SCOTTSBLUFF — As authors Jody Lamp and Melody Dobson researched the spread of agriculture from east to west for a book, they discovered a story that’s been largely forgotten. They want future generations to know about it.
“Born to Rein” is the title of their upcoming documentary chronicling the importance Nebraska played in the development of today’s horse racing industry.
Two of the featured players are the Van Berg family of Grand Island and Minatare native John Nerud, who was one of the founders of Breeders Cup Classic and played an integral part in breeding consistent winners for the Triple Crown races.
Dobson, from a Montana farm family, said her interest in untold stories started when she was working with the Lewis and Clark Bicentennial Commission, telling the story of our young nation’s westward expansion.
After that project wrapped up, she still wanted to discover and preserve new, little known stories for future generations.
Joining with Lamp in 2011, the pair became coordinators for a national documentary on the American wheat harvest. That led to their ongoing collaborative work called the American Doorstop Project.
“Our goal was to look for every opportunity to tell an untold story that has a place in our historical timeline,” Dobson said. “That historical narrative helps us provide honor and integrity to those relationships. That’s one of our values.”
The beginnings of their documentary go back to 2009 when Lamp was researching the book “A History of Nebraska Agriculture: A Life Worth Living.”
With Dobson helping out, it later became obvious the story of Nebraska horse racing needed to be larger than a chapter in the book. The result was “Born to Rein,” which should be ready for screening in early 2019, in time for the 100th anniversary of the Triple Crown.
Once Lamo announced the project was in the works, social media started to buzz in a big way. The Breeders Cup organization went on Twitter to share the story with its 80,000 followers.
The Paulick Report, one of horse racing’s leading websites, picked up the story as well. A New York radio host that covers the industry contacted Lamp and Dobson for an interview. Plus the project received a glowing letter of support from the Queens (New York) Historical Society, site of the nation’s first horse racing track when New York was still a British colony.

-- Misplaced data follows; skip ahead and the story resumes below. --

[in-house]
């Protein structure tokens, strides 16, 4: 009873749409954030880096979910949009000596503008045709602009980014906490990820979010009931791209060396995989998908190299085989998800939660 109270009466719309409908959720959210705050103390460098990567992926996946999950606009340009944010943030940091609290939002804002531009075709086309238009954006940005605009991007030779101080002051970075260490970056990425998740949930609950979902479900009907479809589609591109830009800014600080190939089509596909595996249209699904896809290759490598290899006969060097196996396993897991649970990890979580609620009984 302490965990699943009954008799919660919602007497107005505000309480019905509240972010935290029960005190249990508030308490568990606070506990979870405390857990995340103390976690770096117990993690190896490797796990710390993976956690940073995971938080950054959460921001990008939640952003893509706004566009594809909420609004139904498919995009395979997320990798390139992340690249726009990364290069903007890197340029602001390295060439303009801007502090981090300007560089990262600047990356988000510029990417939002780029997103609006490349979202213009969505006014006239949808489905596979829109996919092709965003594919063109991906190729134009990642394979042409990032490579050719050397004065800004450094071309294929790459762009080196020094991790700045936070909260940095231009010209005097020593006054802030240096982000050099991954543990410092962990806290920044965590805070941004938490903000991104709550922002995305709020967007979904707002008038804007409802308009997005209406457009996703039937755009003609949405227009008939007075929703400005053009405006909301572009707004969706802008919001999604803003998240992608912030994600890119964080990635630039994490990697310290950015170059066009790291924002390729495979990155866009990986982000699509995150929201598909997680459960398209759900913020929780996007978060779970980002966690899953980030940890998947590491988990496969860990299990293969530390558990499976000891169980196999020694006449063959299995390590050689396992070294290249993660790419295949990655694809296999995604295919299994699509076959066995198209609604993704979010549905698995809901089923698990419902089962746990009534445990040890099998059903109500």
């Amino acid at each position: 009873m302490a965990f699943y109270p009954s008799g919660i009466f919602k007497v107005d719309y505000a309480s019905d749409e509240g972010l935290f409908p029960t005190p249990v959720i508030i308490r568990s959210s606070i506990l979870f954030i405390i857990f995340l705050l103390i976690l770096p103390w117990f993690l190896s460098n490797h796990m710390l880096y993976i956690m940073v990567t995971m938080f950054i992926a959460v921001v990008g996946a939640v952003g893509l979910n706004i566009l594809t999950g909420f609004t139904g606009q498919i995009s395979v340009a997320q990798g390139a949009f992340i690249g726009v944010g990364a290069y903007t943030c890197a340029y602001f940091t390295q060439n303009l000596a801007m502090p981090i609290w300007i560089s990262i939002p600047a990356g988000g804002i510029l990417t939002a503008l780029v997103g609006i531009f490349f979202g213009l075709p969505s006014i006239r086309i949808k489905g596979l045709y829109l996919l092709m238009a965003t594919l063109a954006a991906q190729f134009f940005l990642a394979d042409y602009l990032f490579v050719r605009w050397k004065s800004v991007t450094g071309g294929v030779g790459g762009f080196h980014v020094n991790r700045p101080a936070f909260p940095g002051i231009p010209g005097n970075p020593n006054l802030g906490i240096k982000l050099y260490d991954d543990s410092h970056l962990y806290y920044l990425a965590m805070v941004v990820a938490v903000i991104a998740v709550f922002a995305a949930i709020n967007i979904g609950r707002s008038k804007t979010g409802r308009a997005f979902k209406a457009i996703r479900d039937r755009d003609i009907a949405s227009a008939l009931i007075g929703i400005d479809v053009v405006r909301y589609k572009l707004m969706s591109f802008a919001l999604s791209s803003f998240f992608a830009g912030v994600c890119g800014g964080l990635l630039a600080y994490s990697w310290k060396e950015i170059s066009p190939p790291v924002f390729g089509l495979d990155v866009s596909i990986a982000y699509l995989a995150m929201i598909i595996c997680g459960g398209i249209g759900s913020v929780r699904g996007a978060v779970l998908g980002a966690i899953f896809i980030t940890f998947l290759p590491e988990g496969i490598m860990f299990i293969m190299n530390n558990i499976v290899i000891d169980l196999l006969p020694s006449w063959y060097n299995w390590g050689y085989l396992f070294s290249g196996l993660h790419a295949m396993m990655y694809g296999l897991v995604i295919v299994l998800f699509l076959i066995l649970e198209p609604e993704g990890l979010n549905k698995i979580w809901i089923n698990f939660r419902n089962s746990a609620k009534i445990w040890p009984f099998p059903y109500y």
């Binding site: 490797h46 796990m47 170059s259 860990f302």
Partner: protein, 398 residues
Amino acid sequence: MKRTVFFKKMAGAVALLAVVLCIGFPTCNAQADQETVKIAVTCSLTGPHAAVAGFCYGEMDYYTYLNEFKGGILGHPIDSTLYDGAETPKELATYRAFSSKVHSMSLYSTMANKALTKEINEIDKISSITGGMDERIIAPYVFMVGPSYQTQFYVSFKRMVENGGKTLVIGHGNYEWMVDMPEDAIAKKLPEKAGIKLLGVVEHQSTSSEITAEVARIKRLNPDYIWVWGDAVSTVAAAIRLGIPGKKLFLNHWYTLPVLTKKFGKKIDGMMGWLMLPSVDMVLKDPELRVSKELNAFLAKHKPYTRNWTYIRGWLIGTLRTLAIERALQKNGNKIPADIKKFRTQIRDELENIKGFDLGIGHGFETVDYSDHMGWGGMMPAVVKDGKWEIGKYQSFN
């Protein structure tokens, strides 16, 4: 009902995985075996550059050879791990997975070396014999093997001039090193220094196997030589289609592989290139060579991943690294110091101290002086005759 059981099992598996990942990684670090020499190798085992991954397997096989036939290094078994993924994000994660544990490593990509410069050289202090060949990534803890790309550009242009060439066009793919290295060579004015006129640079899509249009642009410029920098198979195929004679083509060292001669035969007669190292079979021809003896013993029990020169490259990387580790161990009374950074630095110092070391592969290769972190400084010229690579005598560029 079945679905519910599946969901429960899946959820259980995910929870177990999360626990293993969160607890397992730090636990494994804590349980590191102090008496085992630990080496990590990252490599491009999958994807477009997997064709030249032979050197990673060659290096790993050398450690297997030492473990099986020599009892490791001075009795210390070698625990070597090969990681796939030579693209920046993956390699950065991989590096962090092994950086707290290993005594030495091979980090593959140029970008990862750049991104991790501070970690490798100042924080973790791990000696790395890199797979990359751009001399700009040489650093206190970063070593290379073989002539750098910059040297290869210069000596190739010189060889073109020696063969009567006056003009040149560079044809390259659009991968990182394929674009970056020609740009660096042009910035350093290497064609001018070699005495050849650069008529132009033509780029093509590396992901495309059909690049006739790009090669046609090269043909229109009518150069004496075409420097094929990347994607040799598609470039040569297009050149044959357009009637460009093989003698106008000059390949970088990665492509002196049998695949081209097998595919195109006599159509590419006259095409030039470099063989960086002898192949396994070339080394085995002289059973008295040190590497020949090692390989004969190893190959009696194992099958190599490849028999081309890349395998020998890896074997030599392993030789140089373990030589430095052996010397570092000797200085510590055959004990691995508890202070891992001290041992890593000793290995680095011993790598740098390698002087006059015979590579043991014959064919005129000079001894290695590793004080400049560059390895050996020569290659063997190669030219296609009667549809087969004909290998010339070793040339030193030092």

A 1931 Minatare graduate, Nerud started as a jockey, racing horses at the Scotts Bluff County Fairgrounds in Mitchell. This was also about the time the U.S. Army was using stallions in their Remount Service at Fort Robinson.
Nerud eventually became one of industry’s leaders in breeding and training championship horses. His work in Florida was the foundation that led to one of the state’s premiere horse breeding farms. He died in New York at the age of 102.
Dobson said assembling the pieces for the documentary’s trailer was like a jigsaw puzzle coming together. The story kept unfolding as they did more research, which added more depth to the people and places that will appear in the completed film.
Lamp and Dobson spent some time at the National Museum of Racing and Hall of Fame in Saratoga Springs, New York, where they were able to meet with people who had worked with John Nerud.
Dobson called it a “settling” experience of being on the right track when they learned what esteem he continues to receive from colleagues.
Lamp made a “safe” estimation. Many of the Triple Crown winning horses carry bloodlines that can be traced back to Nerud.
“People don’t think of Nebraska as a thoroughbred horse racing capital of America,” Jody said. “The significance of John Nerud and the Van Berg family have made a major impact on the industry and they’re still revered today. We can all be part of the celebration because they shined a national spotlight on our state.”